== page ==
Problems stack up for outplayed Proteas
England scored only 36 more runs than South Africa‚ on average per innings‚ and took just one more wicket over the course of the Test series.
So how were South Africa comprehensively beaten in three of the four matches‚ in the last of them at Old Trafford on Monday when England surged to victory by 177 runs with a day to spare?
And if the visitors could get it together well enough to win the other game — at Trent Bridge‚ where they were better than their opponents by 340 runs — how come they couldn’t play more like that more often?
“When it comes to the breaking points in the game South Africa have been found wanting‚” Graeme Smith offered on Test Match Special.
What Smith said was less striking than the fact that the man who said it knew a few things about how to beat England in England‚ having never lost a series here and scoring two double centuries and three mere hundreds in the process.
Where was his like at Lord’s‚ The Oval and Old Trafford?
That question will have to get in the queue. South Africa have many more like it to answer before they take on India and Australia at home next summer.
Most of the concern will be focused on South Africa’s batting.
They used to be known as a team who could fight their way out of trouble‚ but in this series they have earned a reputation for the opposite‚ only twice totalling 300 or more and twice being bowled out for fewer than 200.
“I believed we were a strong enough team to compete with England and we’ve done it on the road everywhere we’ve gone‚” Faf du Plessis.
“At times when we haven’t had the strongest team on paper we’ve found a way to compete against the strong teams out there‚ but we haven’t this time.
“From a batting perspective we haven’t been where we needed to be‚ myself included.
“At times we competed with the bat and England also misfired but there was always one guy that took the game away from us and we didn’t have that one guy.”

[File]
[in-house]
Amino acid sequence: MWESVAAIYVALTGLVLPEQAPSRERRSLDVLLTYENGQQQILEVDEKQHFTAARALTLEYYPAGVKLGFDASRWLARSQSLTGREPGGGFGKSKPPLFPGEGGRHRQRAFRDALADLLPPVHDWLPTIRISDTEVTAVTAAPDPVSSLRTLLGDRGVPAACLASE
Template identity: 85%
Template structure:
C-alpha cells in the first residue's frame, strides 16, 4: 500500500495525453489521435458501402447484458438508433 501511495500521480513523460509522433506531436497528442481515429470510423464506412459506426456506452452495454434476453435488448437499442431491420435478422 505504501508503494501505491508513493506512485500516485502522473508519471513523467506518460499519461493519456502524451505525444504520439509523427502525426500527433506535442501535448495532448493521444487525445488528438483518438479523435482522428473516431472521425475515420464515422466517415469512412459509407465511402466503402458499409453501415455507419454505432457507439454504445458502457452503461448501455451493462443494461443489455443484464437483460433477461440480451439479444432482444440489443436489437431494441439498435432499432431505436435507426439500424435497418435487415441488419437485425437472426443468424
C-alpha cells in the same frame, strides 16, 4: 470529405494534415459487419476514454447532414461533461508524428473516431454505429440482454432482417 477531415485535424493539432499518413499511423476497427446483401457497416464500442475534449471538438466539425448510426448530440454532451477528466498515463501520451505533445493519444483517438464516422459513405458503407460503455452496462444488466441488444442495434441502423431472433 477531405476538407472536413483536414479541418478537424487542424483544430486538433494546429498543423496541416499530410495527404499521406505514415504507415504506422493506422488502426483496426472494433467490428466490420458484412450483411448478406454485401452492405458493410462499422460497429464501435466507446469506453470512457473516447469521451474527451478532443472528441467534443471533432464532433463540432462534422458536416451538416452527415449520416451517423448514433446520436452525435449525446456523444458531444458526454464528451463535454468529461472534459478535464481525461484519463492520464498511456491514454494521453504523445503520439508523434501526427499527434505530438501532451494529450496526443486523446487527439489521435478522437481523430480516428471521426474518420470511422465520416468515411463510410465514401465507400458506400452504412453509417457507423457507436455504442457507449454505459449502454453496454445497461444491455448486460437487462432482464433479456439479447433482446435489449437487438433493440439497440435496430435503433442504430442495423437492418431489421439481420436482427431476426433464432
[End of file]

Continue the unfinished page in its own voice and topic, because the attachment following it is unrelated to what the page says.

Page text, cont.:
Might that one guy have been AB de Villiers‚ who opted out of the series?
“I would love AB to play‚” Du Plessis said. “We all know how good he is and we missed him‚ but we’ve spent too much time talking about when he is going to come back.
“The hope of him coming back is something we need to move past — we need to find someone else who fulfills that role.
“If AB comes back it’s a huge bonus but I don’t expect him to come back into the Test team.”
Du Plessis declined to use the uncertainty over Russell Domingo — whose contract as coach has expired and seems unlikely to be renewed — as an excuse for his team’s performance.
“The coaching staff have been brilliant and they haven’t been sidetracked by what was going on‚” Du Plessis said.
“If it ended for Russell like this then it’s a disappointing way to send him off.
“He’s been a crucial part of what we’ve been doing for the last while and we didn’t play well.”
Du Plessis didn’t try and talk his way around the hole that Vernon Philander’s absence at Old Trafford left in his attack.
“‘Vern’ is … probably the best in seaming‚ swinging conditions which have prevailed in all four Test matches‚ so not having him here was very frustrating and disappointing.”
Philander‚ who pulled out of the match with a lower back strain‚ has missed 11 of the 57 Tests South Africa have played since he made his debut.
He came into the series with an ankle problem then suffered a hand injury in the first Test at Lord’s and came down with a stomach virus that limited his contribution in the third Test at The Oval.
Smith singled Philander out for criticism for his perceived lack of conditioning and Du Plessis concurred‚ albeit more gently.
“It is a challenge for ‘Vern’ because it’s happened too often that he doesn’t play a full series‚” Du Plessis said.
“I’ve spoken to him about that and he’s accepted the challenge that he needs to improve.
“It’s fair that you need to play a lot of cricket for your country and be available for selection‚ and ‘Vern’ accepts that.”
South Africa will face India and Australia in eight tests at home next summer‚ and Philander “needs to be fit to get through all of them”.
That seems the most solvable of South Africa’s problems. As for the rest …
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